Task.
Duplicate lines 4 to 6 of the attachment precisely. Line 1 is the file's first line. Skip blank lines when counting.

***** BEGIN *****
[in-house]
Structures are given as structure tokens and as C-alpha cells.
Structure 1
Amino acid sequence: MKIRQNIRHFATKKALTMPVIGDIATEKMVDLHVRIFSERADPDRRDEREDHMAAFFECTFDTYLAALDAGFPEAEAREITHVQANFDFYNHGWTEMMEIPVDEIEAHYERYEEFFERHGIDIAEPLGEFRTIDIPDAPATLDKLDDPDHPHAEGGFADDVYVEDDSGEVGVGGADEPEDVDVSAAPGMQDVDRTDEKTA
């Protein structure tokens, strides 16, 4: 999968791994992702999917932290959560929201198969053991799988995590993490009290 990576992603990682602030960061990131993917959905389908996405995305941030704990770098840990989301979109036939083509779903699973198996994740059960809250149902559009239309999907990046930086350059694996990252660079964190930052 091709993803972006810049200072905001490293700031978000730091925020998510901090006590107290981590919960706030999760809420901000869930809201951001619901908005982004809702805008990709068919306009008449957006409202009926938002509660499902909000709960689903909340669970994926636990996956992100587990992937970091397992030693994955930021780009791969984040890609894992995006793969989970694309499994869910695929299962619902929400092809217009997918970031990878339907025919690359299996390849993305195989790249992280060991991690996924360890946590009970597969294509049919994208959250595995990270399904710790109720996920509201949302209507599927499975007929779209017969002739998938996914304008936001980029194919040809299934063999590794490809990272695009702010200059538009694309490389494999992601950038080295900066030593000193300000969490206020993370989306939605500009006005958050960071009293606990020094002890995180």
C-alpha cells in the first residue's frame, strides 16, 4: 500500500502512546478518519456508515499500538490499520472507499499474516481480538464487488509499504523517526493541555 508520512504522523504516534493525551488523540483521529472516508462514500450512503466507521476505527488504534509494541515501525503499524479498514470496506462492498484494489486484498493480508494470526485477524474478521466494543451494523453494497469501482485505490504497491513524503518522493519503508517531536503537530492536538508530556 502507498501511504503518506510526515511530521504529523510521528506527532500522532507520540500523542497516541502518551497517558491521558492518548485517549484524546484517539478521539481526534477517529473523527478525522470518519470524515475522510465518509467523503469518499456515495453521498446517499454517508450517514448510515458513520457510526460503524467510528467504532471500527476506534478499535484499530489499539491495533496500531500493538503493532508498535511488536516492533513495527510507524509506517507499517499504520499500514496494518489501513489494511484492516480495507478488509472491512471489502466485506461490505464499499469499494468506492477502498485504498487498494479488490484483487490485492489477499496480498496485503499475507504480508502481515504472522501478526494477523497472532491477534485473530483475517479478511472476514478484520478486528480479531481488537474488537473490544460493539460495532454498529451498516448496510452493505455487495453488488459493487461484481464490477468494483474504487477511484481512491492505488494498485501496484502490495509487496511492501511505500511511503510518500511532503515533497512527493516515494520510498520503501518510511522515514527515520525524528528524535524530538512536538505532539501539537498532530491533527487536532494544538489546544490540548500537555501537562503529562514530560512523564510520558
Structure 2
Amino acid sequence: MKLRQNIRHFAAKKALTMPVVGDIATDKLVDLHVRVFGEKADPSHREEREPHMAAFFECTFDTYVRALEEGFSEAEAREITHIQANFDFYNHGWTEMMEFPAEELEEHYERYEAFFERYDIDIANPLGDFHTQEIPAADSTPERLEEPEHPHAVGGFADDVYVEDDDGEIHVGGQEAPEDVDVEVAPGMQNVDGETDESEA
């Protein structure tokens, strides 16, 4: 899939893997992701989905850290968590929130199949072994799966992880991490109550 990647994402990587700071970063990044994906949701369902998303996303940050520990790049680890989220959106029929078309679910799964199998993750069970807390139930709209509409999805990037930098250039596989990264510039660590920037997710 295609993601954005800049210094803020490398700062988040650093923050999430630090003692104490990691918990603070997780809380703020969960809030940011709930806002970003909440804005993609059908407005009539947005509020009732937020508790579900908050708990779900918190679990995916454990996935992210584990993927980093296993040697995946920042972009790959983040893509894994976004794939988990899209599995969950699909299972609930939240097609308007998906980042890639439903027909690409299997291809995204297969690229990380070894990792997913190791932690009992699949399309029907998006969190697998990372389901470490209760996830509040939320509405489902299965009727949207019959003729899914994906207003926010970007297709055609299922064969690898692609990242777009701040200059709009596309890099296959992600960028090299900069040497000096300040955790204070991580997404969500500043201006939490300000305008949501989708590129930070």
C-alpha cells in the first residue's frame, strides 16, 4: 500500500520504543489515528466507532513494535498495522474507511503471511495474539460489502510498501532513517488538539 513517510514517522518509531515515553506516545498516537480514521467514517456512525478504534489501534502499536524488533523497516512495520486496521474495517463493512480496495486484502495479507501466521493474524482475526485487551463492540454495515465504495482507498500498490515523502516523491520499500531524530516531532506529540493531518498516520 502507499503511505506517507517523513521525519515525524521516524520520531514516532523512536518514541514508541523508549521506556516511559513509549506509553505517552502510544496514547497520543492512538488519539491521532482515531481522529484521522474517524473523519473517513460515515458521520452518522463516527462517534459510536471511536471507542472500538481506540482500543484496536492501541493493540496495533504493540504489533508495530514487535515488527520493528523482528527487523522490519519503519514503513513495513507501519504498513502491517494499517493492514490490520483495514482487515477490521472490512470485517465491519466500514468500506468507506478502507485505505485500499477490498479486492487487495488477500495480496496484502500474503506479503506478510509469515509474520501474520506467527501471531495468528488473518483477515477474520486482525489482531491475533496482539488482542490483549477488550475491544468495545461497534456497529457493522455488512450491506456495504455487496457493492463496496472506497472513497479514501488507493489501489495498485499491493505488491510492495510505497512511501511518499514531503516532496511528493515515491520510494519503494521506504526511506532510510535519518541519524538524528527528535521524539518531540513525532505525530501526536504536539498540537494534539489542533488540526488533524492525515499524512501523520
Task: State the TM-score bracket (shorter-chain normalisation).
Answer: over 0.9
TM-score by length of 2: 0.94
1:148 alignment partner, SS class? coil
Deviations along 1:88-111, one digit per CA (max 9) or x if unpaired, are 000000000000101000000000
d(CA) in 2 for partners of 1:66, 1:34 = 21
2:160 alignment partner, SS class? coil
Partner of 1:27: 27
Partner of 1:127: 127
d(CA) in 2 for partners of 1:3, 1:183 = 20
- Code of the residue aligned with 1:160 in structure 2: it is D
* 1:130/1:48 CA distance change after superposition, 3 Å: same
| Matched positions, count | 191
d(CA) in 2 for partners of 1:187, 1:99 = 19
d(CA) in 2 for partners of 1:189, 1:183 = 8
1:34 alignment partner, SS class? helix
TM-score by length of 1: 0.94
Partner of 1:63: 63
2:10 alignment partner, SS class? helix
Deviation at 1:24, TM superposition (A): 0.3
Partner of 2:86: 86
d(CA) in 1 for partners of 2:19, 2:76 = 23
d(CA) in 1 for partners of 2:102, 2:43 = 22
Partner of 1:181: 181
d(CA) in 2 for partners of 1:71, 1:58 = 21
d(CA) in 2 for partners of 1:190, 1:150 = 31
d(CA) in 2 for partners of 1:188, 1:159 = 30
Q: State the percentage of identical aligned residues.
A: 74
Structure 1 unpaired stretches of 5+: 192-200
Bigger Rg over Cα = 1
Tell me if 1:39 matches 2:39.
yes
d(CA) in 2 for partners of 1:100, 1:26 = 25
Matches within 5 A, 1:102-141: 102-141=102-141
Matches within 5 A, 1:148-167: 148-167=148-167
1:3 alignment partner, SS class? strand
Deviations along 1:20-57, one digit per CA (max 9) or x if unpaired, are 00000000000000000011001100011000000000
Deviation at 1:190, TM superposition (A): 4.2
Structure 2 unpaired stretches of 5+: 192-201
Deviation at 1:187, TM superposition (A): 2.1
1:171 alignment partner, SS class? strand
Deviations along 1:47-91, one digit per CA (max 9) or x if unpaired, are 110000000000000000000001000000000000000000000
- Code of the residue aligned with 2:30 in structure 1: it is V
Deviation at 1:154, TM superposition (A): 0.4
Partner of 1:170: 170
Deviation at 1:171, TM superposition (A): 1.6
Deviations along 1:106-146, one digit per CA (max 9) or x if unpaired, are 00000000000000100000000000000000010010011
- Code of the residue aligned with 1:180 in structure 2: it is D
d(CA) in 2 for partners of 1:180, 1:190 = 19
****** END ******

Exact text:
Amino acid sequence: MKIRQNIRHFATKKALTMPVIGDIATEKMVDLHVRIFSERADPDRRDEREDHMAAFFECTFDTYLAALDAGFPEAEAREITHVQANFDFYNHGWTEMMEIPVDEIEAHYERYEEFFERHGIDIAEPLGEFRTIDIPDAPATLDKLDDPDHPHAEGGFADDVYVEDDSGEVGVGGADEPEDVDVSAAPGMQDVDRTDEKTA
């Protein structure tokens, strides 16, 4: 999968791994992702999917932290959560929201198969053991799988995590993490009290 990576992603990682602030960061990131993917959905389908996405995305941030704990770098840990989301979109036939083509779903699973198996994740059960809250149902559009239309999907990046930086350059694996990252660079964190930052 091709993803972006810049200072905001490293700031978000730091925020998510901090006590107290981590919960706030999760809420901000869930809201951001619901908005982004809702805008990709068919306009008449957006409202009926938002509660499902909000709960689903909340669970994926636990996956992100587990992937970091397992030693994955930021780009791969984040890609894992995006793969989970694309499994869910695929299962619902929400092809217009997918970031990878339907025919690359299996390849993305195989790249992280060991991690996924360890946590009970597969294509049919994208959250595995990270399904710790109720996920509201949302209507599927499975007929779209017969002739998938996914304008936001980029194919040809299934063999590794490809990272695009702010200059538009694309490389494999992601950038080295900066030593000193300000969490206020993370989306939605500009006005958050960071009293606990020094002890995180």
C-alpha cells in the first residue's frame, strides 16, 4: 500500500502512546478518519456508515499500538490499520472507499499474516481480538464487488509499504523517526493541555 508520512504522523504516534493525551488523540483521529472516508462514500450512503466507521476505527488504534509494541515501525503499524479498514470496506462492498484494489486484498493480508494470526485477524474478521466494543451494523453494497469501482485505490504497491513524503518522493519503508517531536503537530492536538508530556 502507498501511504503518506510526515511530521504529523510521528506527532500522532507520540500523542497516541502518551497517558491521558492518548485517549484524546484517539478521539481526534477517529473523527478525522470518519470524515475522510465518509467523503469518499456515495453521498446517499454517508450517514448510515458513520457510526460503524467510528467504532471500527476506534478499535484499530489499539491495533496500531500493538503493532508498535511488536516492533513495527510507524509506517507499517499504520499500514496494518489501513489494511484492516480495507478488509472491512471489502466485506461490505464499499469499494468506492477502498485504498487498494479488490484483487490485492489477499496480498496485503499475507504480508502481515504472522501478526494477523497472532491477534485473530483475517479478511472476514478484520478486528480479531481488537474488537473490544460493539460495532454498529451498516448496510452493505455487495453488488459493487461484481464490477468494483474504487477511484481512491492505488494498485501496484502490495509487496511492501511505500511511503510518500511532503515533497512527493516515494520510498520503501518510511522515514527515520525524528528524535524530538512536538505532539501539537498532530491533527487536532494544538489546544490540548500537555501537562503529562514530560512523564510520558